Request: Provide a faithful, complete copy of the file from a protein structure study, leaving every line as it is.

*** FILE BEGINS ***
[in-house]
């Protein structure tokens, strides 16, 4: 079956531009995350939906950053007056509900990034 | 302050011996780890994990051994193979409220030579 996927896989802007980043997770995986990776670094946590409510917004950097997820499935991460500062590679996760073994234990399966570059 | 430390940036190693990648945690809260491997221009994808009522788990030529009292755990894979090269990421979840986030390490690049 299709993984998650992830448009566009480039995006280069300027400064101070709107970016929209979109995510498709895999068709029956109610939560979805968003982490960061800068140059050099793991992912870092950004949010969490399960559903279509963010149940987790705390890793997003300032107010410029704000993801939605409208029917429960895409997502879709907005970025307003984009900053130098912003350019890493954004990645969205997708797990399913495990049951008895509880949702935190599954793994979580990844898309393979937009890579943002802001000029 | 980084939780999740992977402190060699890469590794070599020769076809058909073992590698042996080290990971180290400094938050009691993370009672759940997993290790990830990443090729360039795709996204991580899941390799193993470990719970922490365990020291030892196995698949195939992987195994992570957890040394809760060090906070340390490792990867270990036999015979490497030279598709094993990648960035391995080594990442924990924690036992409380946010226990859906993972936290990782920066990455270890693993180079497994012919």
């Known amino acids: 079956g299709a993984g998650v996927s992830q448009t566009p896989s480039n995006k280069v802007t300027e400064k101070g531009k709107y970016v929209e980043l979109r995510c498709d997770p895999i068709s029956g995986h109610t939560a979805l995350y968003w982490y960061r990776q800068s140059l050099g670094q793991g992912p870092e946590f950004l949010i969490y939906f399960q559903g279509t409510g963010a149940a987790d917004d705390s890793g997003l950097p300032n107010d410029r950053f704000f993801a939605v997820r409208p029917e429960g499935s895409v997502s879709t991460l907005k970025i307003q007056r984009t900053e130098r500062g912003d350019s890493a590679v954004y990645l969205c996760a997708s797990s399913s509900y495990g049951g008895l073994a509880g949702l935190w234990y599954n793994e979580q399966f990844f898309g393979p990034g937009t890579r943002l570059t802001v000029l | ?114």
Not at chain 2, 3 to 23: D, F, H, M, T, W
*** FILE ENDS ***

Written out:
[in-house]
């Protein structure tokens, strides 16, 4: 079956531009995350939906950053007056509900990034 | 302050011996780890994990051994193979409220030579 996927896989802007980043997770995986990776670094946590409510917004950097997820499935991460500062590679996760073994234990399966570059 | 430390940036190693990648945690809260491997221009994808009522788990030529009292755990894979090269990421979840986030390490690049 299709993984998650992830448009566009480039995006280069300027400064101070709107970016929209979109995510498709895999068709029956109610939560979805968003982490960061800068140059050099793991992912870092950004949010969490399960559903279509963010149940987790705390890793997003300032107010410029704000993801939605409208029917429960895409997502879709907005970025307003984009900053130098912003350019890493954004990645969205997708797990399913495990049951008895509880949702935190599954793994979580990844898309393979937009890579943002802001000029 | 980084939780999740992977402190060699890469590794070599020769076809058909073992590698042996080290990971180290400094938050009691993370009672759940997993290790990830990443090729360039795709996204991580899941390799193993470990719970922490365990020291030892196995698949195939992987195994992570957890040394809760060090906070340390490792990867270990036999015979490497030279598709094993990648960035391995080594990442924990924690036992409380946010226990859906993972936290990782920066990455270890693993180079497994012919």
């Known amino acids: 079956g299709a993984g998650v996927s992830q448009t566009p896989s480039n995006k280069v802007t300027e400064k101070g531009k709107y970016v929209e980043l979109r995510c498709d997770p895999i068709s029956g995986h109610t939560a979805l995350y968003w982490y960061r990776q800068s140059l050099g670094q793991g992912p870092e946590f950004l949010i969490y939906f399960q559903g279509t409510g963010a149940a987790d917004d705390s890793g997003l950097p300032n107010d410029r950053f704000f993801a939605v997820r409208p029917e429960g499935s895409v997502s879709t991460l907005k970025i307003q007056r984009t900053e130098r500062g912003d350019s890493a590679v954004y990645l969205c996760a997708s797990s399913s509900y495990g049951g008895l073994a509880g949702l935190w234990y599954n793994e979580q399966f990844f898309g393979p990034g937009t890579r943002l570059t802001v000029l | ?114």
Not at chain 2, 3 to 23: D, F, H, M, T, W